Breast may be best, but UK mothers have always been less committed to breastfeeding than their continental counterparts. zz110913locke-1.jpg
And Department of Health figures indicate that breastfeeding rates, which had gradually increased since the 1990s, may now be starting to fall.
Statistics show that while nearly 74% of new mothers initiate breastfeeding, by the time a baby is six weeks old only one quarter are being exclusively breastfed.
And by the age of six months, when the Government says infants should still be solely breastfed, only 1% of babies are being nourished by mother’s milk alone.
There are signs that slightly fewer women are now breastfeeding than they were when records began in 2004, with a small decline reported nationally over the last year.
The Royal College of Midwives says one of the problems is that in many areas there just aren’t enough midwives to give mothers the help they need with breastfeeding. And the practice is not being promoted the way it was.
Two years ago the coalition government dropped funding for the annual National Breastfeeding Awareness Week, set up in 1993, and health service cut-backs mean resources are diminishing.
But this week researchers from the University of Sheffield announced they are to conduct a study in Derbyshire and South Yorkshire to see if breastfeeding rates improve if women are offered financial incentives.
The pilot scheme, partly funded by the Government, will hand out shopping vouchers worth up to £120 to mothers if their babies are breastfed up to six weeks old and a further £80 if they continue up to six months old.
Both these counties have particularly low rates of breastfeeding.
However, as any woman who has attempted to breastfeed will tell you, breastfeeding often fails simply because it is not as easy as it looks and many new mothers don’t have the right kind of support. Financial incentives cannot make a baby latch on correctly or educate women about the supply and demand mechanism of breastfeeding.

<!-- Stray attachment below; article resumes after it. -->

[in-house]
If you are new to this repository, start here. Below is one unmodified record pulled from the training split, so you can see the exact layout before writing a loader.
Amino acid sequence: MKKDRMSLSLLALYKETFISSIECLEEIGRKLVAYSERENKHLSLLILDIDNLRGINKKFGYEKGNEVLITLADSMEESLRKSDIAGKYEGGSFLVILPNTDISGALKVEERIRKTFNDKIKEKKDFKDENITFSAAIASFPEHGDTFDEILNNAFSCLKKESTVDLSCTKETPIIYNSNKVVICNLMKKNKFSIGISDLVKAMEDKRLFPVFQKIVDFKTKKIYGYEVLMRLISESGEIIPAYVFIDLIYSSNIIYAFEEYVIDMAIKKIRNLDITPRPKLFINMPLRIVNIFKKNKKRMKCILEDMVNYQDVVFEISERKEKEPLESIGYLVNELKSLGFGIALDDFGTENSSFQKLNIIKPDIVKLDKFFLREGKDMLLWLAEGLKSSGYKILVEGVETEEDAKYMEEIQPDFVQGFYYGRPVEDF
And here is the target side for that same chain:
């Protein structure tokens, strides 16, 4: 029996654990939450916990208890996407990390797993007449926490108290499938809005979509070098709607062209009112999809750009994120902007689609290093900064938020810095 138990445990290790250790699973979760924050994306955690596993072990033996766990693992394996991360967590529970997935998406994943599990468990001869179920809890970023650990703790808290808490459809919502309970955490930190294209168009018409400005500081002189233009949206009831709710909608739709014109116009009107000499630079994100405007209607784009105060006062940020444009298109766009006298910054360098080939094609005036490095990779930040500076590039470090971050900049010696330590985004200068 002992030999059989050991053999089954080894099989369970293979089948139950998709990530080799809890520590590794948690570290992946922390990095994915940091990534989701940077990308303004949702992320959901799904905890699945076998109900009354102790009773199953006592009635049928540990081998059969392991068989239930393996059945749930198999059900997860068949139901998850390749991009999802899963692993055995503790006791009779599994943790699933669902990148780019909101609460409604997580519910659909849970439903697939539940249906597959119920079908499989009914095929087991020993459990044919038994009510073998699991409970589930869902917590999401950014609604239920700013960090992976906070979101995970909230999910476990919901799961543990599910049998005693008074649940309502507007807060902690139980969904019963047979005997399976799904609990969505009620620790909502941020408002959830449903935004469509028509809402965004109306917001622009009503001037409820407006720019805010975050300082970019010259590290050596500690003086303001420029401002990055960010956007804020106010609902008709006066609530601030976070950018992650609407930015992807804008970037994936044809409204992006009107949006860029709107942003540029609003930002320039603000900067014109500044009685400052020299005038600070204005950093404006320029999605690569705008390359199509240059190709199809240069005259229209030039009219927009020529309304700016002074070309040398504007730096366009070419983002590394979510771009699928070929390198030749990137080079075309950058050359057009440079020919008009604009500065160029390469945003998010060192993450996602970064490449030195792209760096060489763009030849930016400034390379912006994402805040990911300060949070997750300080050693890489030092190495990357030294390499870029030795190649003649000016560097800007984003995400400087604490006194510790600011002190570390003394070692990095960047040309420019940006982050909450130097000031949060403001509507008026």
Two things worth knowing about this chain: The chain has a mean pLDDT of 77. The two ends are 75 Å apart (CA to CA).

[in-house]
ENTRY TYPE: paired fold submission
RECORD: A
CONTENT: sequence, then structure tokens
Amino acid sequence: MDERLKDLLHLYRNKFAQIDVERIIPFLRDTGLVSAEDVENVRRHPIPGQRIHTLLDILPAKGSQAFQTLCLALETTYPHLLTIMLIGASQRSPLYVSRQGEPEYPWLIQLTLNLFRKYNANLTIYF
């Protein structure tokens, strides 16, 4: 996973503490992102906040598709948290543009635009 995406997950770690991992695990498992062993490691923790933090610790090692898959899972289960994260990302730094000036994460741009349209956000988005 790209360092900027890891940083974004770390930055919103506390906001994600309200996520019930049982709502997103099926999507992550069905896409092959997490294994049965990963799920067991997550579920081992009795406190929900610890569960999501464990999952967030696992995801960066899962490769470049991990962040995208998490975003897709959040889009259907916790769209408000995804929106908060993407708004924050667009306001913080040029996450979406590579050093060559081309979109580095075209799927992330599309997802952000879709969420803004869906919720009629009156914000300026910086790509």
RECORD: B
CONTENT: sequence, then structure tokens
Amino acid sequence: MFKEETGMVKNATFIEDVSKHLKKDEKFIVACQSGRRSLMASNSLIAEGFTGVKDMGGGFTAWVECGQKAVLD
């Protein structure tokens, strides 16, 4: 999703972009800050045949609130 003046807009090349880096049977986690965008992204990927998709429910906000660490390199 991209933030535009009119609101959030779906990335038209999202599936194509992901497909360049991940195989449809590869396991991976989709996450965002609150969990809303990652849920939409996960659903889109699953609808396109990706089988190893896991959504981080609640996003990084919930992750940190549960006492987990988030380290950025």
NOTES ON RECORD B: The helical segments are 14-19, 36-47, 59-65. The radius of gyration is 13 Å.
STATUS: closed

Then there’s the issue of whether a woman‘s partner, family or friends support her and whether she needs to return to work sooner rather than later.
Extended breastfeeding tends to have a higher take-up rate among wealthier, middle-class women, who are well motivated, but they may still fail. In some communities, however, few women have even seen a breastfeeding mother. Younger, disadvantaged women are generally more likely to bottle feed.
As the RCM said this week, there are many social and cultural problems that need to be tackled in order to improve breastfeeding rates.
But there are some compelling reasons for women to breastfeed.
The children’s charity Unicef UK has conducted research that indicates the NHS could save £40m a year if women were given help to breastfeed for longer.
The savings would come from five key areas – reducing breast cancer in mothers and improving infant health by reducing the incidence of gastroenteritis, respiratory disease, ear infections and necrotising enterocolitis in babies.
It’s also true that breastfeeding itself is a cheaper option than bottle feeding – an important consideration for low income families.
Essentially there are two types of new mother – those who have no intention of breastfeeding and those who want to give it a try.
Dr Abigail Locke, Reader in the Applied Social Psychology at the University of Huddersfield, conducted research among women who wanted to breastfeed to find out why so many give up after only a few days or weeks.
After conducting in-depth interviews with 18 mothers – nine of whom had breastfed successfully and nine of whom had failed – she came to the conclusion that many women simply don’t get the right kind of support at the right time.
And she doubts that rewarding those who are reluctant to breastfeed their babies will have much impact on the problem.